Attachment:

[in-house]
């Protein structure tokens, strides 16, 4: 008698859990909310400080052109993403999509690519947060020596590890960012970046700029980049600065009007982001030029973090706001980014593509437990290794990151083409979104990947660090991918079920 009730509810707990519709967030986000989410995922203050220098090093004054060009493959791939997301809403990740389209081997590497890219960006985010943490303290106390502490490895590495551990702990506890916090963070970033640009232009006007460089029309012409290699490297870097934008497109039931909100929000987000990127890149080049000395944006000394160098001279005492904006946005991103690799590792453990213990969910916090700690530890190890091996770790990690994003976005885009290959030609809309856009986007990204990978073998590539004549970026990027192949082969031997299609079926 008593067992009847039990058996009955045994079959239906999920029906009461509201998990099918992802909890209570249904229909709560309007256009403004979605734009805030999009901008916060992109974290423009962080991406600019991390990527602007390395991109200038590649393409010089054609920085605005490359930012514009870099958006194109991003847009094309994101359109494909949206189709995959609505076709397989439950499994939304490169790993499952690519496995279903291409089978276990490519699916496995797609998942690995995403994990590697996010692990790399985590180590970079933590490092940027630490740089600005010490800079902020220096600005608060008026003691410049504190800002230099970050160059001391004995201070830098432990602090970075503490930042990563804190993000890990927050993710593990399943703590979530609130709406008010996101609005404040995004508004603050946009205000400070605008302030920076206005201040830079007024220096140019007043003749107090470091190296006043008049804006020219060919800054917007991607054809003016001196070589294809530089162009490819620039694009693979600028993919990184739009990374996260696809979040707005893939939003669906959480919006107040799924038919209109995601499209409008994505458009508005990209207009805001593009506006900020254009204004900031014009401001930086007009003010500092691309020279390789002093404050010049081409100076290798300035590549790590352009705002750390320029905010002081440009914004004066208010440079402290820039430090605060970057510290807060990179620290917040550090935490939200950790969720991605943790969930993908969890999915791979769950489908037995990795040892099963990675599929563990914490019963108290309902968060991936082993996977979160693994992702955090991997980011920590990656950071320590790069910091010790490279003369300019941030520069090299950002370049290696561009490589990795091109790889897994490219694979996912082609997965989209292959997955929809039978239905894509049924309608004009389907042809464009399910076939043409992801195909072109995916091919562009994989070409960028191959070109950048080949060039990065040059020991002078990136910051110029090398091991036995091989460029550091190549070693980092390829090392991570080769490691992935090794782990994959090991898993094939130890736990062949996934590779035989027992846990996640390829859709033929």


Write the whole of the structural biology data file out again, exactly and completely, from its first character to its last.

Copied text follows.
[in-house]
């Protein structure tokens, strides 16, 4: 008698859990909310400080052109993403999509690519947060020596590890960012970046700029980049600065009007982001030029973090706001980014593509437990290794990151083409979104990947660090991918079920 009730509810707990519709967030986000989410995922203050220098090093004054060009493959791939997301809403990740389209081997590497890219960006985010943490303290106390502490490895590495551990702990506890916090963070970033640009232009006007460089029309012409290699490297870097934008497109039931909100929000987000990127890149080049000395944006000394160098001279005492904006946005991103690799590792453990213990969910916090700690530890190890091996770790990690994003976005885009290959030609809309856009986007990204990978073998590539004549970026990027192949082969031997299609079926 008593067992009847039990058996009955045994079959239906999920029906009461509201998990099918992802909890209570249904229909709560309007256009403004979605734009805030999009901008916060992109974290423009962080991406600019991390990527602007390395991109200038590649393409010089054609920085605005490359930012514009870099958006194109991003847009094309994101359109494909949206189709995959609505076709397989439950499994939304490169790993499952690519496995279903291409089978276990490519699916496995797609998942690995995403994990590697996010692990790399985590180590970079933590490092940027630490740089600005010490800079902020220096600005608060008026003691410049504190800002230099970050160059001391004995201070830098432990602090970075503490930042990563804190993000890990927050993710593990399943703590979530609130709406008010996101609005404040995004508004603050946009205000400070605008302030920076206005201040830079007024220096140019007043003749107090470091190296006043008049804006020219060919800054917007991607054809003016001196070589294809530089162009490819620039694009693979600028993919990184739009990374996260696809979040707005893939939003669906959480919006107040799924038919209109995601499209409008994505458009508005990209207009805001593009506006900020254009204004900031014009401001930086007009003010500092691309020279390789002093404050010049081409100076290798300035590549790590352009705002750390320029905010002081440009914004004066208010440079402290820039430090605060970057510290807060990179620290917040550090935490939200950790969720991605943790969930993908969890999915791979769950489908037995990795040892099963990675599929563990914490019963108290309902968060991936082993996977979160693994992702955090991997980011920590990656950071320590790069910091010790490279003369300019941030520069090299950002370049290696561009490589990795091109790889897994490219694979996912082609997965989209292959997955929809039978239905894509049924309608004009389907042809464009399910076939043409992801195909072109995916091919562009994989070409960028191959070109950048080949060039990065040059020991002078990136910051110029090398091991036995091989460029550091190549070693980092390829090392991570080769490691992935090794782990994959090991898993094939130890736990062949996934590779035989027992846990996640390829859709033929």